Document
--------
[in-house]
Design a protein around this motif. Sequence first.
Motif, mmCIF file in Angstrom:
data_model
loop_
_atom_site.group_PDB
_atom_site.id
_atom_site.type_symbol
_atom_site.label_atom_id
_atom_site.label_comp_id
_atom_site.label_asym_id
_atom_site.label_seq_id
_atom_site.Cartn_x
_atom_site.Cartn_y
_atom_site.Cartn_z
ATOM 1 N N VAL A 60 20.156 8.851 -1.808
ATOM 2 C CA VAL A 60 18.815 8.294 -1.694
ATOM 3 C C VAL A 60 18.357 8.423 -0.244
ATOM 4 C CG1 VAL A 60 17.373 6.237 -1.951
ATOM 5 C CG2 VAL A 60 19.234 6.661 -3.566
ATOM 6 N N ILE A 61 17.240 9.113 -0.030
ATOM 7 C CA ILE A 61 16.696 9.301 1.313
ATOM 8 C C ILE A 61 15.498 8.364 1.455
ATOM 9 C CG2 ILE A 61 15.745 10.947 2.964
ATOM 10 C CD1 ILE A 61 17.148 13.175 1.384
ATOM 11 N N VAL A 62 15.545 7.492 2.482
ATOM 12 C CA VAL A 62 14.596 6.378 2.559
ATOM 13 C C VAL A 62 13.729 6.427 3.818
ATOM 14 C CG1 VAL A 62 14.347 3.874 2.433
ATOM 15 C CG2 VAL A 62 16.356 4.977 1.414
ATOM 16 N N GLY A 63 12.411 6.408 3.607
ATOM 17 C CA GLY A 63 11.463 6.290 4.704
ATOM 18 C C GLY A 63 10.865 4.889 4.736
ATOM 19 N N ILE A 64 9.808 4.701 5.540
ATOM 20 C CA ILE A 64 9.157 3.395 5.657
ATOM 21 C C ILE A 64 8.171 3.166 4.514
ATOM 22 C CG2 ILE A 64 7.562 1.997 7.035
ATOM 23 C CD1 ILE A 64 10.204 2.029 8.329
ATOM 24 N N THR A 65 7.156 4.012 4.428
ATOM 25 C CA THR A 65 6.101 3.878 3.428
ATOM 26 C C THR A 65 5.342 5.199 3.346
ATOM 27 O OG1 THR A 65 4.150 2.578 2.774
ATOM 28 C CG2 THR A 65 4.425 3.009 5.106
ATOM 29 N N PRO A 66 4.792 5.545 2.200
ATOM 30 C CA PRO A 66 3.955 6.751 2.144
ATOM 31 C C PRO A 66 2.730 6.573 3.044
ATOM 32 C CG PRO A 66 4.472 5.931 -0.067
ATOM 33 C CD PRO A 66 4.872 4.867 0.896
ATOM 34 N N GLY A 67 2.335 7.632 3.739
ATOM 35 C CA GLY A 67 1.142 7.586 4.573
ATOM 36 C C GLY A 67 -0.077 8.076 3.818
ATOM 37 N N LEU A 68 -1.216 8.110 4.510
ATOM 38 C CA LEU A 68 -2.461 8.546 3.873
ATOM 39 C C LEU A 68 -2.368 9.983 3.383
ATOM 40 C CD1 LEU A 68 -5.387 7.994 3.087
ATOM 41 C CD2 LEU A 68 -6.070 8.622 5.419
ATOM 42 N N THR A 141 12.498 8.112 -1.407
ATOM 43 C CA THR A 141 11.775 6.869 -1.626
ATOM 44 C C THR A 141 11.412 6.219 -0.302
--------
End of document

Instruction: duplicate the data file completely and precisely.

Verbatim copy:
[in-house]
Design a protein around this motif. Sequence first.
Motif, mmCIF file in Angstrom:
data_model
loop_
_atom_site.group_PDB
_atom_site.id
_atom_site.type_symbol
_atom_site.label_atom_id
_atom_site.label_comp_id
_atom_site.label_asym_id
_atom_site.label_seq_id
_atom_site.Cartn_x
_atom_site.Cartn_y
_atom_site.Cartn_z
ATOM 1 N N VAL A 60 20.156 8.851 -1.808
ATOM 2 C CA VAL A 60 18.815 8.294 -1.694
ATOM 3 C C VAL A 60 18.357 8.423 -0.244
ATOM 4 C CG1 VAL A 60 17.373 6.237 -1.951
ATOM 5 C CG2 VAL A 60 19.234 6.661 -3.566
ATOM 6 N N ILE A 61 17.240 9.113 -0.030
ATOM 7 C CA ILE A 61 16.696 9.301 1.313
ATOM 8 C C ILE A 61 15.498 8.364 1.455
ATOM 9 C CG2 ILE A 61 15.745 10.947 2.964
ATOM 10 C CD1 ILE A 61 17.148 13.175 1.384
ATOM 11 N N VAL A 62 15.545 7.492 2.482
ATOM 12 C CA VAL A 62 14.596 6.378 2.559
ATOM 13 C C VAL A 62 13.729 6.427 3.818
ATOM 14 C CG1 VAL A 62 14.347 3.874 2.433
ATOM 15 C CG2 VAL A 62 16.356 4.977 1.414
ATOM 16 N N GLY A 63 12.411 6.408 3.607
ATOM 17 C CA GLY A 63 11.463 6.290 4.704
ATOM 18 C C GLY A 63 10.865 4.889 4.736
ATOM 19 N N ILE A 64 9.808 4.701 5.540
ATOM 20 C CA ILE A 64 9.157 3.395 5.657
ATOM 21 C C ILE A 64 8.171 3.166 4.514
ATOM 22 C CG2 ILE A 64 7.562 1.997 7.035
ATOM 23 C CD1 ILE A 64 10.204 2.029 8.329
ATOM 24 N N THR A 65 7.156 4.012 4.428
ATOM 25 C CA THR A 65 6.101 3.878 3.428
ATOM 26 C C THR A 65 5.342 5.199 3.346
ATOM 27 O OG1 THR A 65 4.150 2.578 2.774
ATOM 28 C CG2 THR A 65 4.425 3.009 5.106
ATOM 29 N N PRO A 66 4.792 5.545 2.200
ATOM 30 C CA PRO A 66 3.955 6.751 2.144
ATOM 31 C C PRO A 66 2.730 6.573 3.044
ATOM 32 C CG PRO A 66 4.472 5.931 -0.067
ATOM 33 C CD PRO A 66 4.872 4.867 0.896
ATOM 34 N N GLY A 67 2.335 7.632 3.739
ATOM 35 C CA GLY A 67 1.142 7.586 4.573
ATOM 36 C C GLY A 67 -0.077 8.076 3.818
ATOM 37 N N LEU A 68 -1.216 8.110 4.510
ATOM 38 C CA LEU A 68 -2.461 8.546 3.873
ATOM 39 C C LEU A 68 -2.368 9.983 3.383
ATOM 40 C CD1 LEU A 68 -5.387 7.994 3.087
ATOM 41 C CD2 LEU A 68 -6.070 8.622 5.419
ATOM 42 N N THR A 141 12.498 8.112 -1.407
ATOM 43 C CA THR A 141 11.775 6.869 -1.626
ATOM 44 C C THR A 141 11.412 6.219 -0.302